First known US case of UK COVID-19 variant confirmed in Colorado
DENVER - The U.S. has confirmed its first case of a new, likely more transmissible variant of the coronavirus first identified in the U.K.
On Tuesday, Colorado Gov. Jared Polis reported that state health officials discovered the first case of the COVID-19 variant B.1.1.7 in a man in his 20s.
"There is a lot we don’t know about this new COVID-19 variant, but scientists in the United Kingdom are warning the world that it is significantly more contagious. The health and safety of Coloradans is our top priority and we will closely monitor this case, as well as all COVID-19 indicators, very closely. We are working to prevent spread and contain the virus at all levels," said Polis in a tweeted statement.
British authorities are blaming the new variant of the coronavirus for soaring infection rates in London and southeast England. They say the new version is more easily transmitted than the original, but stress there is no evidence it makes people sicker.
In response, authorities have put a swath of England that’s home to 24 million people under restrictions that require nonessential shops to close, bar indoor socializing and allow restaurants and pubs only to operate for takeout.
Even so, hospital admissions for COVID-19 in southeast England are approaching or exceeding the levels seen at the first peak of the outbreak. Government figures show 21,286 people were hospitalized with the coronavirus across the U.K. on Dec. 22, the last day for which data is available. That is only slightly below the high of 21,683 COVID-19 patients who were recorded in U.K. hospitals on April 12.
On Tuesday, the United Arab Emirates detected the country’s first known cases of the B.1.1.7 variant of the coronavirus. The UAE’s National Emergency Crisis and Disaster Management Authority reported Tuesday it found "a limited number of cases received from abroad," without specifying how many or where the travelers had been.
In response, neighboring Gulf countries halted international commercial flights. The UAE, with its large population of British expats, has remained open to tourists. Those arriving from the U.K. are required to get tested for the virus upon arrival in Dubai.
On Monday, Japan began barring entry of all nonresident foreign nationals as a precaution against the new virus strain. The Foreign Ministry says the entry ban will last through Jan. 31.
Colorado Governor Jared Polis, left, points to the Covid-19 vaccine in a small vial as he watches as Gina Harper, clinical coordinator with pharmacy, right, reconstitutes a dose of the Covid-19 vaccine before it is administered to the first patients (Photo by Helen H. Richardson/MediaNews Group/The Denver Post via Getty Images)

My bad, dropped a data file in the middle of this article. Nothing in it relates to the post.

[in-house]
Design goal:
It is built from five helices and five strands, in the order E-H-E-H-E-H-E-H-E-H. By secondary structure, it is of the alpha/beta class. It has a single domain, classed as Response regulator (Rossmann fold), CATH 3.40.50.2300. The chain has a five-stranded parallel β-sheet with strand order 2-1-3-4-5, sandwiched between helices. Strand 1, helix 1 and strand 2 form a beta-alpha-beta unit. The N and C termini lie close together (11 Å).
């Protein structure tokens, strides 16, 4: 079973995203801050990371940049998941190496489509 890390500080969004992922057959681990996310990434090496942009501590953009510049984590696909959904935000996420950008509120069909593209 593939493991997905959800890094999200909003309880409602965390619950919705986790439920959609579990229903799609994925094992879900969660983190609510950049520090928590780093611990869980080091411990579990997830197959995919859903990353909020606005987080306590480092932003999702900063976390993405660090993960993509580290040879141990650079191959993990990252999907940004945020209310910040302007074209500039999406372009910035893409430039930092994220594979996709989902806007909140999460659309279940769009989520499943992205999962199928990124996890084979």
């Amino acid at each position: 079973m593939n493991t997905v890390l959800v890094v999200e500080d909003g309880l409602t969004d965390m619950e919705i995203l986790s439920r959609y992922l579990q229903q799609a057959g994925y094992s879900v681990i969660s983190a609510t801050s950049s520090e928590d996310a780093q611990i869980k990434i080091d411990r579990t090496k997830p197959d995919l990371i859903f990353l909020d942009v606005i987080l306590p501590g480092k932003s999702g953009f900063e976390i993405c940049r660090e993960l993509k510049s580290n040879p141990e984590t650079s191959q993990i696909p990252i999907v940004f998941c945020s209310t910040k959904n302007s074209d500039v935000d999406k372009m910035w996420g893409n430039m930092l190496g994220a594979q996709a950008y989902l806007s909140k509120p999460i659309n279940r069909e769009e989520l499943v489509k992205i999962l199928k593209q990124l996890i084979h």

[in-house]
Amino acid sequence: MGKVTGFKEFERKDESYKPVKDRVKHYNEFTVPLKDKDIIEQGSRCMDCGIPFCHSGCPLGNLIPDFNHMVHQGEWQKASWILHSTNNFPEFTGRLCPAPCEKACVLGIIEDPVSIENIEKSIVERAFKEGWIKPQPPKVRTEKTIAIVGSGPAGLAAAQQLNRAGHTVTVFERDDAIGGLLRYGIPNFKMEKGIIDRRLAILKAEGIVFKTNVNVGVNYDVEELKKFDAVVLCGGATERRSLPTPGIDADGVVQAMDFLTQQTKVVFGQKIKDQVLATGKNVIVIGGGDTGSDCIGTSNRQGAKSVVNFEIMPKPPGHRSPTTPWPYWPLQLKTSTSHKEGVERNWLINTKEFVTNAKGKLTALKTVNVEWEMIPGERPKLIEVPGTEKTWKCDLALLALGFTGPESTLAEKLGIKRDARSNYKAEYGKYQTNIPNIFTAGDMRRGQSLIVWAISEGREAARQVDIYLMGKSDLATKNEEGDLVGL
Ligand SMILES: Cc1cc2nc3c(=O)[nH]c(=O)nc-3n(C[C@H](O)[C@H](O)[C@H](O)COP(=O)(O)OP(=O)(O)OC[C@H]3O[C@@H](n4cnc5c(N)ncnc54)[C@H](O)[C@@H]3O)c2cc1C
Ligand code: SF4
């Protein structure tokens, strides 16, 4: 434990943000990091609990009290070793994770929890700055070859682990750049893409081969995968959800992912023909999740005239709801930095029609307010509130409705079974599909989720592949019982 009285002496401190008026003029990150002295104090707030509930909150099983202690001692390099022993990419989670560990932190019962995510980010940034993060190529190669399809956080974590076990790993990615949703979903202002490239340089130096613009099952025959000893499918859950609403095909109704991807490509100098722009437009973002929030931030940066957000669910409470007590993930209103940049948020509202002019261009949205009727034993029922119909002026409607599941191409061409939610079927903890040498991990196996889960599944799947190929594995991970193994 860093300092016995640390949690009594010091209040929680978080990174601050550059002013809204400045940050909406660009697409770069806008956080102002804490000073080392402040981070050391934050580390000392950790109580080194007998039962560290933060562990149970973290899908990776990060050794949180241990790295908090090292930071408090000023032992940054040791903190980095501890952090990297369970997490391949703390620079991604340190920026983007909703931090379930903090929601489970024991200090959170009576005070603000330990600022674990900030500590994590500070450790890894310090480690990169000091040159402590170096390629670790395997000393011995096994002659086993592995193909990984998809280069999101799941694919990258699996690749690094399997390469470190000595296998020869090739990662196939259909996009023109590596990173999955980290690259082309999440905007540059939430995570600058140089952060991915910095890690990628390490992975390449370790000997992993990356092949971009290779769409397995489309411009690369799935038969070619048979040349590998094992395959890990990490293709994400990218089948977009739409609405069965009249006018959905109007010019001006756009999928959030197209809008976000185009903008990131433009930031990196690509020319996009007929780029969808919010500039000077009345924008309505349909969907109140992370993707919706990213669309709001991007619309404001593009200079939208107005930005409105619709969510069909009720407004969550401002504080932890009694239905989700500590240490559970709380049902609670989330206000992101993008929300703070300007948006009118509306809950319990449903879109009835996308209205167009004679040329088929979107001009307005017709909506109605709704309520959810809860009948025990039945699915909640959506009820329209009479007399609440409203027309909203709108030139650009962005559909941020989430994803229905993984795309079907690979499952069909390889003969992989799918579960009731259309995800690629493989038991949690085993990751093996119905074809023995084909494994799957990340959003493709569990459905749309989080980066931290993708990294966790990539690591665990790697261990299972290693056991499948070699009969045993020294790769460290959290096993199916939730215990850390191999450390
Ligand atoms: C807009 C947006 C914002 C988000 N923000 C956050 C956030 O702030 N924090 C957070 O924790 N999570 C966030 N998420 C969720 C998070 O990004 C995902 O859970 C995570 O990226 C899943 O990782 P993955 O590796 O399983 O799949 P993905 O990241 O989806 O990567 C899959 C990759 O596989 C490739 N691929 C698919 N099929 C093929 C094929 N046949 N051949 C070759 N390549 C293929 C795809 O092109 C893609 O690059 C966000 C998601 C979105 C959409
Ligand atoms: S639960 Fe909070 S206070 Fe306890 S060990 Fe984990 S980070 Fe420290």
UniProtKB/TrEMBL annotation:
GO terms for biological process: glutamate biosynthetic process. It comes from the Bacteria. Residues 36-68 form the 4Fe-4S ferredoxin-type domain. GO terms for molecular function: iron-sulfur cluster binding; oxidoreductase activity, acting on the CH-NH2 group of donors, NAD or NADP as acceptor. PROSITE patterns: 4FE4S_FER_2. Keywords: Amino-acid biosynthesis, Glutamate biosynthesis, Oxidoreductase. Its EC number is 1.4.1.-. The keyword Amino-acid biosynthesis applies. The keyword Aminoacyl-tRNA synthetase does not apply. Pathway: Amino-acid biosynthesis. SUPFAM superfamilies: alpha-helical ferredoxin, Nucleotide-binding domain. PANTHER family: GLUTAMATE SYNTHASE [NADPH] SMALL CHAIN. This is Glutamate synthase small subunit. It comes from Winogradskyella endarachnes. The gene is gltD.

Last week, Japan banned nonresident foreigners coming from Britain and South Africa after confirming the new variant in seven people over two days — five from Britain who tested positive at airports and two others in Tokyo.
On Sunday, officials in Canada’s most populous province also identified confirmed cases of the contagious new form of COVID-19.
The province’s associate chief medical officer says that the cases are a couple from Durham Region, just east of Toronto, with no known travel history, exposure or high-risk contacts.
The coronavirus variant in the United Kingdom has caused global alarm because of the possibility that it might spread more easily. But experts say the COVID-19 vaccines being rolled out will likely still work on the variant.
Dr. Anthony Fauci, the top U.S. infectious disease expert, said data coming from Britain indicates the vaccines still will block the virus. But the U.S. also will do tests to be sure.
RELATED: Fauci, CDC say new COVID-19 strain accelerating spread in UK may already be in US
Fauci previously said that the new variant has most likely already been on U.S. soil even before being positively identified in Colorado.
"When you see something that is pretty prevalent in a place like the U.K. — there are also mutations that we’re seeing in South Africa — and given the travel throughout the world, I would not be surprised if it is already here," Fauci told PBS.
Viruses often undergo small changes as they reproduce and move through a population. In fact, the slight modifications are how scientists track the spread of a virus from one place to another.
But if a virus mutates significantly enough, one worry is that current vaccines might no longer offer as much protection. And although that's a possibility to watch for over time with the coronavirus, experts say they don't believe it will be the case with the variant in the U.K.
"My expectation is, this will not be a problem," said Moncef Slaoui, the chief science adviser for the U.S. government’s COVID-19 vaccine push.
Vaccine maker Pfizer-BioNTech told FOX Television Stations that its researchers are currently testing its vaccine, which was the first authorized for emergency use by the FDA, against the new strain of COVID-19. Researchers said they expected new strains of the virus and took that into account when developing the vaccine that’s now being distributed in the U.S.
"We don't know at the moment if our vaccine is also able to provide protection against this new variant," BionNTech's CEO Ugur Sahin said in a news conference the day after the vaccine was approved for use in the European Union. "But scientifically, it is highly likely that the immune response by this vaccine also can deal with the new virus variants."
Chris Williams and the Associated Press contributed to this story.